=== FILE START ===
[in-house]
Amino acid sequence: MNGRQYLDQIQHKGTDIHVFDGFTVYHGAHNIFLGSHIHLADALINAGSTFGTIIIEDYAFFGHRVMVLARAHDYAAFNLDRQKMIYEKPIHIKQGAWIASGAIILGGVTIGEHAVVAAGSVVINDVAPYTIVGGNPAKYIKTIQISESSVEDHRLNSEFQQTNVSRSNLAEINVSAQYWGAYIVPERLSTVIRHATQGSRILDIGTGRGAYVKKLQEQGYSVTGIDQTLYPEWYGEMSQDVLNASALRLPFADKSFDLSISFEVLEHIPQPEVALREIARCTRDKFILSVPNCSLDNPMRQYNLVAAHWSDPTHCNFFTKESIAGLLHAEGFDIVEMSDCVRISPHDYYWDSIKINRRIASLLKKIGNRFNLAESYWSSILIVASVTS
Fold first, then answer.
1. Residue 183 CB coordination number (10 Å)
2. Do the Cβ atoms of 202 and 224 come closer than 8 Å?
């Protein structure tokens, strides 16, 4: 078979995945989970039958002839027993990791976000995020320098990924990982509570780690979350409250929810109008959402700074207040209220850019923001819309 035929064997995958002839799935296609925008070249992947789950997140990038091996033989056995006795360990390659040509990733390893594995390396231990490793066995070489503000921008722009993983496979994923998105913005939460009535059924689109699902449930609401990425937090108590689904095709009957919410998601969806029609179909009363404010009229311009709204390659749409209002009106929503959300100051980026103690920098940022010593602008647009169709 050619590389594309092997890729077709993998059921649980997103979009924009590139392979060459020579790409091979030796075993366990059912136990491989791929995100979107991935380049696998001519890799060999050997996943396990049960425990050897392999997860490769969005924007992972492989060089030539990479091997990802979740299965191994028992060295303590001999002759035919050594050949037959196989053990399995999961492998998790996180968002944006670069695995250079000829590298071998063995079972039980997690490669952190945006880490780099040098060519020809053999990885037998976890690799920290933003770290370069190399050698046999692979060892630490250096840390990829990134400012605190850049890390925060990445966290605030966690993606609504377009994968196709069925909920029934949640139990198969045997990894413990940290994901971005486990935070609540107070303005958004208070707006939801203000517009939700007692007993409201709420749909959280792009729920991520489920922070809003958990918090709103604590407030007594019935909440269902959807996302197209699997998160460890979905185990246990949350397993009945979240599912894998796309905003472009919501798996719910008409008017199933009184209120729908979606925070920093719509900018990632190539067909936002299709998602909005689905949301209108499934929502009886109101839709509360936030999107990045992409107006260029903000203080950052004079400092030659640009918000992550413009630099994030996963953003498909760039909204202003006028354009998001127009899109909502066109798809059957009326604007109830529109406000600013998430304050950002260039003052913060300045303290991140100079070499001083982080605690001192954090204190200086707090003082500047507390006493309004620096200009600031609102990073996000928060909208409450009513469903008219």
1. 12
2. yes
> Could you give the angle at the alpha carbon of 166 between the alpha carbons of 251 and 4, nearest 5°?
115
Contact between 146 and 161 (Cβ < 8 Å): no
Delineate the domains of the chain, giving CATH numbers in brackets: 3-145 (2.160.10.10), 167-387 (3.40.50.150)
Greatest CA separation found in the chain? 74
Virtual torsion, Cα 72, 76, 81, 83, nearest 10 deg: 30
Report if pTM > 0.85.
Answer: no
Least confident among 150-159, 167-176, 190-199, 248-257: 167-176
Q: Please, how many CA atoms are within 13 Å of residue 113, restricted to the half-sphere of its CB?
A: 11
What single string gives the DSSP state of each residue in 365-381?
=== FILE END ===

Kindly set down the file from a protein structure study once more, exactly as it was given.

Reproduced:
[in-house]
Amino acid sequence: MNGRQYLDQIQHKGTDIHVFDGFTVYHGAHNIFLGSHIHLADALINAGSTFGTIIIEDYAFFGHRVMVLARAHDYAAFNLDRQKMIYEKPIHIKQGAWIASGAIILGGVTIGEHAVVAAGSVVINDVAPYTIVGGNPAKYIKTIQISESSVEDHRLNSEFQQTNVSRSNLAEINVSAQYWGAYIVPERLSTVIRHATQGSRILDIGTGRGAYVKKLQEQGYSVTGIDQTLYPEWYGEMSQDVLNASALRLPFADKSFDLSISFEVLEHIPQPEVALREIARCTRDKFILSVPNCSLDNPMRQYNLVAAHWSDPTHCNFFTKESIAGLLHAEGFDIVEMSDCVRISPHDYYWDSIKINRRIASLLKKIGNRFNLAESYWSSILIVASVTS
Fold first, then answer.
1. Residue 183 CB coordination number (10 Å)
2. Do the Cβ atoms of 202 and 224 come closer than 8 Å?
């Protein structure tokens, strides 16, 4: 078979995945989970039958002839027993990791976000995020320098990924990982509570780690979350409250929810109008959402700074207040209220850019923001819309 035929064997995958002839799935296609925008070249992947789950997140990038091996033989056995006795360990390659040509990733390893594995390396231990490793066995070489503000921008722009993983496979994923998105913005939460009535059924689109699902449930609401990425937090108590689904095709009957919410998601969806029609179909009363404010009229311009709204390659749409209002009106929503959300100051980026103690920098940022010593602008647009169709 050619590389594309092997890729077709993998059921649980997103979009924009590139392979060459020579790409091979030796075993366990059912136990491989791929995100979107991935380049696998001519890799060999050997996943396990049960425990050897392999997860490769969005924007992972492989060089030539990479091997990802979740299965191994028992060295303590001999002759035919050594050949037959196989053990399995999961492998998790996180968002944006670069695995250079000829590298071998063995079972039980997690490669952190945006880490780099040098060519020809053999990885037998976890690799920290933003770290370069190399050698046999692979060892630490250096840390990829990134400012605190850049890390925060990445966290605030966690993606609504377009994968196709069925909920029934949640139990198969045997990894413990940290994901971005486990935070609540107070303005958004208070707006939801203000517009939700007692007993409201709420749909959280792009729920991520489920922070809003958990918090709103604590407030007594019935909440269902959807996302197209699997998160460890979905185990246990949350397993009945979240599912894998796309905003472009919501798996719910008409008017199933009184209120729908979606925070920093719509900018990632190539067909936002299709998602909005689905949301209108499934929502009886109101839709509360936030999107990045992409107006260029903000203080950052004079400092030659640009918000992550413009630099994030996963953003498909760039909204202003006028354009998001127009899109909502066109798809059957009326604007109830529109406000600013998430304050950002260039003052913060300045303290991140100079070499001083982080605690001192954090204190200086707090003082500047507390006493309004620096200009600031609102990073996000928060909208409450009513469903008219």
1. 12
2. yes
> Could you give the angle at the alpha carbon of 166 between the alpha carbons of 251 and 4, nearest 5°?
115
Contact between 146 and 161 (Cβ < 8 Å): no
Delineate the domains of the chain, giving CATH numbers in brackets: 3-145 (2.160.10.10), 167-387 (3.40.50.150)
Greatest CA separation found in the chain? 74
Virtual torsion, Cα 72, 76, 81, 83, nearest 10 deg: 30
Report if pTM > 0.85.
Answer: no
Least confident among 150-159, 167-176, 190-199, 248-257: 167-176
Q: Please, how many CA atoms are within 13 Å of residue 113, restricted to the half-sphere of its CB?
A: 11
What single string gives the DSSP state of each residue in 365-381?